Stupak: Congress’ Inaction Gives Power to Executive Branch
Members of Congress are good, decent, patriotic men and women who believe their policies are in the nation’s best interest. No American should doubt this sentiment. But another fact is also true. The inability of Congress to legislate because of partisan gridlock is surrendering vast amounts of power to the president and federal agencies.
Ostensibly, congressional inaction should favor Democrats because the president is from the same party. But in reality, both parties lose when Congress fails to act. Our Constitution recognizes a balance of power that is finite within each branch of government. However, when Congress fails to act, it surrenders legislative power and emboldens the president and federal agencies to operate outside of their constitutional authority.
In recent weeks, the president has used his power to sign executive orders on issues ranging from gun control to cybersecurity. Every president has used executive orders to implement his agenda. While Republicans and Democrats worry the White House is acting unilaterally without input from Congress, the executive orders have not spurred Congress into action.
The inability of Congress to legislate encourages federal agencies to propose rules and regulations that usurp congressional power.
I spent 18 years in Congress conducting oversight and investigations holding federal regulators accountable to our laws and congressional legislative intent. I know full well that federal agencies, such as the Food and Drug Administration, are critical in protecting the health and safety of the American people. Still, federal agencies need to be held accountable for the tremendous regulatory power they wield, which affects our lives, businesses and our nation’s economy.
For example, in 1976, Congress passed the Toxic Substances Control Act to protect consumers against dangerous chemicals. Thirty-six years later, the TSCA desperately needs updating. While protecting Americans from harmful materials should be noncontroversial, like everything else on Capitol Hill, it has become a political football.
Last August, the Senate Environment and Public Works Committee advanced the TSCA rewrite, known simply as the Safe Chemicals Act. With only Democratic support, the full Senate never considered the Safe Chemicals Act.
Not surprisingly, the inability of Congress to update the TSCA has emboldened the Environmental Protection Agency to operate outside congressional intent and existing law.
A glaring example of how federal agencies exceed their authority when Congress fails to act is the EPA’s desire to regulate silicones. Silicones are materials found in everyday products from lipstick to medical devices.
While the Senate was attempting to update the TSCA, the EPA and silicone manufacturers began negotiating a voluntary environmental-monitoring program. This program was to be paid for and administered by the manufacturers. The EPA stated that it desired real world information to determine how two silicone materials behaved in the environment. The data would then provide a baseline to establish a risk assessment. The EPA’s request seemed logical.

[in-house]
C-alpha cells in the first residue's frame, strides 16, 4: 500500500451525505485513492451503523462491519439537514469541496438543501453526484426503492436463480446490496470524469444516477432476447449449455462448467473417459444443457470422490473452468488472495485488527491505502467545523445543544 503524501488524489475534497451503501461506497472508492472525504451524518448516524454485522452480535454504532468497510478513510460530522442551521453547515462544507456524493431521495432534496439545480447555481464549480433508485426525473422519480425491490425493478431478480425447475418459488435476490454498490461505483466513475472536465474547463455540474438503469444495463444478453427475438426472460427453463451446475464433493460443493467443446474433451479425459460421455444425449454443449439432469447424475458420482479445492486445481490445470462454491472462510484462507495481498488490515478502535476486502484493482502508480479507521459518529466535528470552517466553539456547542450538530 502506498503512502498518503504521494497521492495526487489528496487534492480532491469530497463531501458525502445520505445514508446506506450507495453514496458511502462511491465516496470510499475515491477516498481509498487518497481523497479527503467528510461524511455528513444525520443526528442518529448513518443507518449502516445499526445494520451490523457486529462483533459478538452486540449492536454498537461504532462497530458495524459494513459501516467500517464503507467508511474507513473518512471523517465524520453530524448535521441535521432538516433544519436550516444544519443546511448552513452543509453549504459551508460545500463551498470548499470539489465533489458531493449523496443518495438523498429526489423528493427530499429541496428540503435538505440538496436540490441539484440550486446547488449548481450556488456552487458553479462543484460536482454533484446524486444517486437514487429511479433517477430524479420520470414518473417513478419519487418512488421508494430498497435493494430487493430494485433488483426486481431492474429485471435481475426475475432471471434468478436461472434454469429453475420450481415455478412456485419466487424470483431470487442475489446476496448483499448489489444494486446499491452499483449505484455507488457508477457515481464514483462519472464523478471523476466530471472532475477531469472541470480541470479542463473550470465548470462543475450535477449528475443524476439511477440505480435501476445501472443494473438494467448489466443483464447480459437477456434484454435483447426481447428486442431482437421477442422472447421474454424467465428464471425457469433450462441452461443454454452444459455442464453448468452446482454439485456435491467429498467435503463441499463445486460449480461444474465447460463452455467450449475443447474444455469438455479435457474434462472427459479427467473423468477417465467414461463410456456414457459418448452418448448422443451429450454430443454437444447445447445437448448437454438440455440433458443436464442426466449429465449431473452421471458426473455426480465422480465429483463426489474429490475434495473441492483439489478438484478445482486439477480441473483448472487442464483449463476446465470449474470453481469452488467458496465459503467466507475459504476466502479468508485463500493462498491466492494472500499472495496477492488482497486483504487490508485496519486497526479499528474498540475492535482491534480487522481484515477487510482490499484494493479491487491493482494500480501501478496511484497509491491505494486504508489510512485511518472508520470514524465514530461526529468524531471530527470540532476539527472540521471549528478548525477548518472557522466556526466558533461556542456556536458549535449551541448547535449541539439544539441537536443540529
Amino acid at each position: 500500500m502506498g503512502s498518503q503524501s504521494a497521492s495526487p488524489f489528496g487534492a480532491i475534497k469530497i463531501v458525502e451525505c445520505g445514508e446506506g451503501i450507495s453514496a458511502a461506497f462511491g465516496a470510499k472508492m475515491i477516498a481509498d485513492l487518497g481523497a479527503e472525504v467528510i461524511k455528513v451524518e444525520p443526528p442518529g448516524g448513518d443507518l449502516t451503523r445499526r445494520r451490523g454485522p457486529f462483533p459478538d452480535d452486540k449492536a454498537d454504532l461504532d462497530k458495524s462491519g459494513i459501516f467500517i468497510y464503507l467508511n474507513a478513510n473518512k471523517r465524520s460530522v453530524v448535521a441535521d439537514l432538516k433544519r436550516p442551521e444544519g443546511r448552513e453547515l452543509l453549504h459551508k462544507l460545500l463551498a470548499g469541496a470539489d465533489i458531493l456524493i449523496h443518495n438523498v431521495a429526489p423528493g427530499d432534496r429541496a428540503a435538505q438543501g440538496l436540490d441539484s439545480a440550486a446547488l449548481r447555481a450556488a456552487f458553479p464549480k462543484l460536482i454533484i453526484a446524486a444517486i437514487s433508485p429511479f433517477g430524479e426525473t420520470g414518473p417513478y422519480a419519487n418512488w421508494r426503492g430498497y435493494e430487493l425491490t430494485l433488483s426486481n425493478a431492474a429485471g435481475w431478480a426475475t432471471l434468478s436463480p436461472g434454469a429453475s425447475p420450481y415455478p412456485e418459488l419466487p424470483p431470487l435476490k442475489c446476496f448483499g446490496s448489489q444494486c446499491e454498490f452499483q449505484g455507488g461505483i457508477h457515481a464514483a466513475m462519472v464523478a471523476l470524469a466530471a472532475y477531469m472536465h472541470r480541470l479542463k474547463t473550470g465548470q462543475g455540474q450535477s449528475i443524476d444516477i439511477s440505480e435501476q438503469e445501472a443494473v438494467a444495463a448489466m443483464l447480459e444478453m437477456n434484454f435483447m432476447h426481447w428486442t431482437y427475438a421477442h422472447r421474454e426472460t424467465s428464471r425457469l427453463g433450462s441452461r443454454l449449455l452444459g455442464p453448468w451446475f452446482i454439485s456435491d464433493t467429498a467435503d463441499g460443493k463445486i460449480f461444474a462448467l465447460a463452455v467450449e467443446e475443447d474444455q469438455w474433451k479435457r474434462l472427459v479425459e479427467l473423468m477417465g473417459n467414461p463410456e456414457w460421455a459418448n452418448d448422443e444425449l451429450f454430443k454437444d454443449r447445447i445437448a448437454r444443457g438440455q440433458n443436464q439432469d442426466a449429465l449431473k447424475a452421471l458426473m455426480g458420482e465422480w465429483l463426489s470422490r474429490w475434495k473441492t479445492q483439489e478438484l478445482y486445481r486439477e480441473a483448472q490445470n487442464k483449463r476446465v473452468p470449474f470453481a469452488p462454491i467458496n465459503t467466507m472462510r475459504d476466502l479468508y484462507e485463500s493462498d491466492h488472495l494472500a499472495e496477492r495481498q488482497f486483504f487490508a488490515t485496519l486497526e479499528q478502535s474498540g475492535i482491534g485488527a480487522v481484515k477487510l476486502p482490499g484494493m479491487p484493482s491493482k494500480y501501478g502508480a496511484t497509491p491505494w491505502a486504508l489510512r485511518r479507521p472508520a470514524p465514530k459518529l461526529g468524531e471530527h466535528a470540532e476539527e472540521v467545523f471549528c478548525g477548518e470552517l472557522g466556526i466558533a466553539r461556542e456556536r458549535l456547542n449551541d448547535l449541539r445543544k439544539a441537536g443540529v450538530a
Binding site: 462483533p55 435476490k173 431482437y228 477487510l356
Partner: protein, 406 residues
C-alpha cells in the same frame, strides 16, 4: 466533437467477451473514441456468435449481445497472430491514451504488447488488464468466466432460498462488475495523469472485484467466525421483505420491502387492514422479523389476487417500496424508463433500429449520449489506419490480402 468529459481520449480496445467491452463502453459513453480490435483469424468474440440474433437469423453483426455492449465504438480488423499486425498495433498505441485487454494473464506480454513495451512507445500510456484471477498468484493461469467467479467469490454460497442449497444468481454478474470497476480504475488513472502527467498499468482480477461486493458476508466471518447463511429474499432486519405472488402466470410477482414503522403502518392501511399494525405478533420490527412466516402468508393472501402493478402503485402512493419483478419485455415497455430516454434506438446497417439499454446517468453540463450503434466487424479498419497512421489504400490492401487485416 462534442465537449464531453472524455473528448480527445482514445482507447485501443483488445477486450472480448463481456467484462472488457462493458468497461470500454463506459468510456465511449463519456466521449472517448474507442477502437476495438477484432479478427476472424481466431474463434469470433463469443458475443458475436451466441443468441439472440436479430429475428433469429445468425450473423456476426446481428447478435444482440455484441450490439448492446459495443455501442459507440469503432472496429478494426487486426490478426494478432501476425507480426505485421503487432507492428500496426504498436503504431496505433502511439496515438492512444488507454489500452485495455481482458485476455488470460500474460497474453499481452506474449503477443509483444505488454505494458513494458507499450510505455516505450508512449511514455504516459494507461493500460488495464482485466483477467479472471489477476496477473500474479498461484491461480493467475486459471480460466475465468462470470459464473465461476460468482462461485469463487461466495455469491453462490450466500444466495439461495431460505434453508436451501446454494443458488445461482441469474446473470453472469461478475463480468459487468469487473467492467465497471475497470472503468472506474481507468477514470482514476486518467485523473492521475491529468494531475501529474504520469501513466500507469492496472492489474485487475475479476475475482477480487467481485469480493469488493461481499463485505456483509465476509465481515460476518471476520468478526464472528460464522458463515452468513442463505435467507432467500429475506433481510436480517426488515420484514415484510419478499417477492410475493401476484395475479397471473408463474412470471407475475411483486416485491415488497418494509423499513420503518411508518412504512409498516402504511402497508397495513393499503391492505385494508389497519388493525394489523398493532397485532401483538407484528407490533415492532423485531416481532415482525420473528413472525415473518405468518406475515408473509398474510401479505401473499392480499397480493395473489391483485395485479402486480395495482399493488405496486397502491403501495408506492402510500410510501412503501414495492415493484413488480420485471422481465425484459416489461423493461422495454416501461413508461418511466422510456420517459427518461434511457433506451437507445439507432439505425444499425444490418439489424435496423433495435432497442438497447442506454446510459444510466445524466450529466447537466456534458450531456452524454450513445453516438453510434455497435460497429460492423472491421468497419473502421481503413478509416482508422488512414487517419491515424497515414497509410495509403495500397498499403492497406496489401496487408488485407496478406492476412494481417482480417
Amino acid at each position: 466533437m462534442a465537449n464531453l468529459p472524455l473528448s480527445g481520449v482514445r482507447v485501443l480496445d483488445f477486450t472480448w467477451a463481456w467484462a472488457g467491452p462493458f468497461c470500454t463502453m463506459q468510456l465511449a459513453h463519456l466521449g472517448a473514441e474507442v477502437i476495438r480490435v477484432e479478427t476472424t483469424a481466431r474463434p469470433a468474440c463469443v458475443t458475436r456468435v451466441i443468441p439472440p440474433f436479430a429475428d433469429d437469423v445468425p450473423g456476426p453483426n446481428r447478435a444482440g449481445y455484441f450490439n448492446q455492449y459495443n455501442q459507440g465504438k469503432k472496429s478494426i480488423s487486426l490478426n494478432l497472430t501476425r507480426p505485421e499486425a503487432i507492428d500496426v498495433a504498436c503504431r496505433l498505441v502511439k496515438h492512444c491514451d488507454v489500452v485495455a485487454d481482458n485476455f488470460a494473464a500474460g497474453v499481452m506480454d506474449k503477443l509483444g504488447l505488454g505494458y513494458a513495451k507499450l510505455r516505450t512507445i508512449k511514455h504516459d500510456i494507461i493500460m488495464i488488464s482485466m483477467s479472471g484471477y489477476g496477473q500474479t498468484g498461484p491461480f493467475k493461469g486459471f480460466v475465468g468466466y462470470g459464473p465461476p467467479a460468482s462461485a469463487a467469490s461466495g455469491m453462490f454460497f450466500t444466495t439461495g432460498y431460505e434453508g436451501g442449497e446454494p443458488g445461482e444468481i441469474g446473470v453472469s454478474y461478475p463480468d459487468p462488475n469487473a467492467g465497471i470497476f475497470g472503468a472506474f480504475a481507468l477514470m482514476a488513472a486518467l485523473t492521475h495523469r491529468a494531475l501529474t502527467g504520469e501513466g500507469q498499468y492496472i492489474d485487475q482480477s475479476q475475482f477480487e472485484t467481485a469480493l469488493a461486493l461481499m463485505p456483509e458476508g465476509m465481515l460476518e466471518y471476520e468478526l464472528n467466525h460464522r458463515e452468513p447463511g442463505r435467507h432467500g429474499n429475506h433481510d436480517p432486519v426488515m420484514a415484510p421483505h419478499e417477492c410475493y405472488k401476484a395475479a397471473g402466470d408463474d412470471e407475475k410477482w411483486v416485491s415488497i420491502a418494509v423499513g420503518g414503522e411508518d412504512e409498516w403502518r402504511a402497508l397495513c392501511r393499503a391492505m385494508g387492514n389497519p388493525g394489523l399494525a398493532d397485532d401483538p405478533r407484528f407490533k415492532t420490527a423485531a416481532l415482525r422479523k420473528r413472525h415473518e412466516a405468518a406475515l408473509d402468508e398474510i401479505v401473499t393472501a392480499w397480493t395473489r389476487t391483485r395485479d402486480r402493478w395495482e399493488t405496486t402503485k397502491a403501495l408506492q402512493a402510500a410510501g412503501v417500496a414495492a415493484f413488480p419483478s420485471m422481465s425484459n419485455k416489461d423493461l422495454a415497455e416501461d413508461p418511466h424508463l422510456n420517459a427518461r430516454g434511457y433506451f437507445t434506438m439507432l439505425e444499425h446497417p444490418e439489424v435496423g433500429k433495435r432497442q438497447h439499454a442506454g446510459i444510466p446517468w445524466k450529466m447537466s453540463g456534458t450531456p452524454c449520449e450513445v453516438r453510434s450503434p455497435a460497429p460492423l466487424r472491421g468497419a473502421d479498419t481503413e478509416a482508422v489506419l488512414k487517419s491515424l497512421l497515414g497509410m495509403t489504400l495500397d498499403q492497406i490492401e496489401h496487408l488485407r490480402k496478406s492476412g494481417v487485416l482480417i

But seven months later, the agency and the silicone industry are still at loggerheads over just how much monitoring needs to be conducted to provide the EPA the data it seeks. If a voluntary agreement is not reached, the EPA has threatened to dissolve negotiations and issue its own rules that would require the industry to spend tens of millions of dollars to conduct extensive environmental monitoring.
The EPA claims it has the authority to require environmental monitoring of chemicals like silicones under the existing TSCA law. However, the EPA does not have such authority because the key section under the TSCA only applies to toxicity testing, not collecting monitoring data. Even TSCA experts such as Charles Auer, former head of the EPA’s Office of Pollution Prevention and Toxics, question whether the EPA could require a more extensive program under current law.
The EPA’s interest in obtaining real world data about silicones is understandable, but it cannot justify overstepping its authority to regulate an industry. EPA officials realize a regulatory hammer yields them more power than a handshake to regulate chemicals and silicones beyond their statutory authority.
Over the next two years, I remain hopeful that this new Congress will seek bipartisan solutions and conduct vigorous oversight of agencies exceeding authority. Members of Congress must protect and cherish their legislative power as set forth in the Constitution. Congressional inaction should not surrender legislative power to the president or federal agencies no matter how well-intended their goals.
Former Rep. Bart Stupak, D-Mich., served from 1993 to 2011 and chaired the House Energy and Commerce Subcommittee on Oversight and Investigation. He is a partner at Venable in Washington, D.C. Venable has represented chemical companies, but Stupak is not lobbying on any legislation or the issue covered in this opinion piece.